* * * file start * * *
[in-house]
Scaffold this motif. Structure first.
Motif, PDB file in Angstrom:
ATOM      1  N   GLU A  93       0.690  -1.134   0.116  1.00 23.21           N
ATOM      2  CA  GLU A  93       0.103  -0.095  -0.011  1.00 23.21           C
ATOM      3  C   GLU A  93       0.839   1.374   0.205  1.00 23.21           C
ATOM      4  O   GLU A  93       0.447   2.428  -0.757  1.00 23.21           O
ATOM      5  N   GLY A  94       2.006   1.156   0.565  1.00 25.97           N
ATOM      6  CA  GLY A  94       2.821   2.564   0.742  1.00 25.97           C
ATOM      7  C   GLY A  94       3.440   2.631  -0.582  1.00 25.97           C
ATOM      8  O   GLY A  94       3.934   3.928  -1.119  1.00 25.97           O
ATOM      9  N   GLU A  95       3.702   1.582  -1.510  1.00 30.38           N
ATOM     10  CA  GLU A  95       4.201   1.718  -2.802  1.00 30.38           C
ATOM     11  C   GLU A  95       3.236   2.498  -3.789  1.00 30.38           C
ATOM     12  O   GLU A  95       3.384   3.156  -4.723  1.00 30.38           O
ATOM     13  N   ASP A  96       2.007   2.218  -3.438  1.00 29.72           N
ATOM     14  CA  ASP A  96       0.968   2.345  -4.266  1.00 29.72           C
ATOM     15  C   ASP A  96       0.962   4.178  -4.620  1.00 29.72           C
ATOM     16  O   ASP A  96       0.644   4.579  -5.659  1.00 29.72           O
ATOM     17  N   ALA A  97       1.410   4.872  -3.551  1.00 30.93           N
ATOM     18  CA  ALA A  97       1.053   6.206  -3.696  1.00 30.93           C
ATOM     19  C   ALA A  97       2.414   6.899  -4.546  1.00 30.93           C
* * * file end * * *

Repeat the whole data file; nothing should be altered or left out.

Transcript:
[in-house]
Scaffold this motif. Structure first.
Motif, PDB file in Angstrom:
ATOM      1  N   GLU A  93       0.690  -1.134   0.116  1.00 23.21           N
ATOM      2  CA  GLU A  93       0.103  -0.095  -0.011  1.00 23.21           C
ATOM      3  C   GLU A  93       0.839   1.374   0.205  1.00 23.21           C
ATOM      4  O   GLU A  93       0.447   2.428  -0.757  1.00 23.21           O
ATOM      5  N   GLY A  94       2.006   1.156   0.565  1.00 25.97           N
ATOM      6  CA  GLY A  94       2.821   2.564   0.742  1.00 25.97           C
ATOM      7  C   GLY A  94       3.440   2.631  -0.582  1.00 25.97           C
ATOM      8  O   GLY A  94       3.934   3.928  -1.119  1.00 25.97           O
ATOM      9  N   GLU A  95       3.702   1.582  -1.510  1.00 30.38           N
ATOM     10  CA  GLU A  95       4.201   1.718  -2.802  1.00 30.38           C
ATOM     11  C   GLU A  95       3.236   2.498  -3.789  1.00 30.38           C
ATOM     12  O   GLU A  95       3.384   3.156  -4.723  1.00 30.38           O
ATOM     13  N   ASP A  96       2.007   2.218  -3.438  1.00 29.72           N
ATOM     14  CA  ASP A  96       0.968   2.345  -4.266  1.00 29.72           C
ATOM     15  C   ASP A  96       0.962   4.178  -4.620  1.00 29.72           C
ATOM     16  O   ASP A  96       0.644   4.579  -5.659  1.00 29.72           O
ATOM     17  N   ALA A  97       1.410   4.872  -3.551  1.00 30.93           N
ATOM     18  CA  ALA A  97       1.053   6.206  -3.696  1.00 30.93           C
ATOM     19  C   ALA A  97       2.414   6.899  -4.546  1.00 30.93           C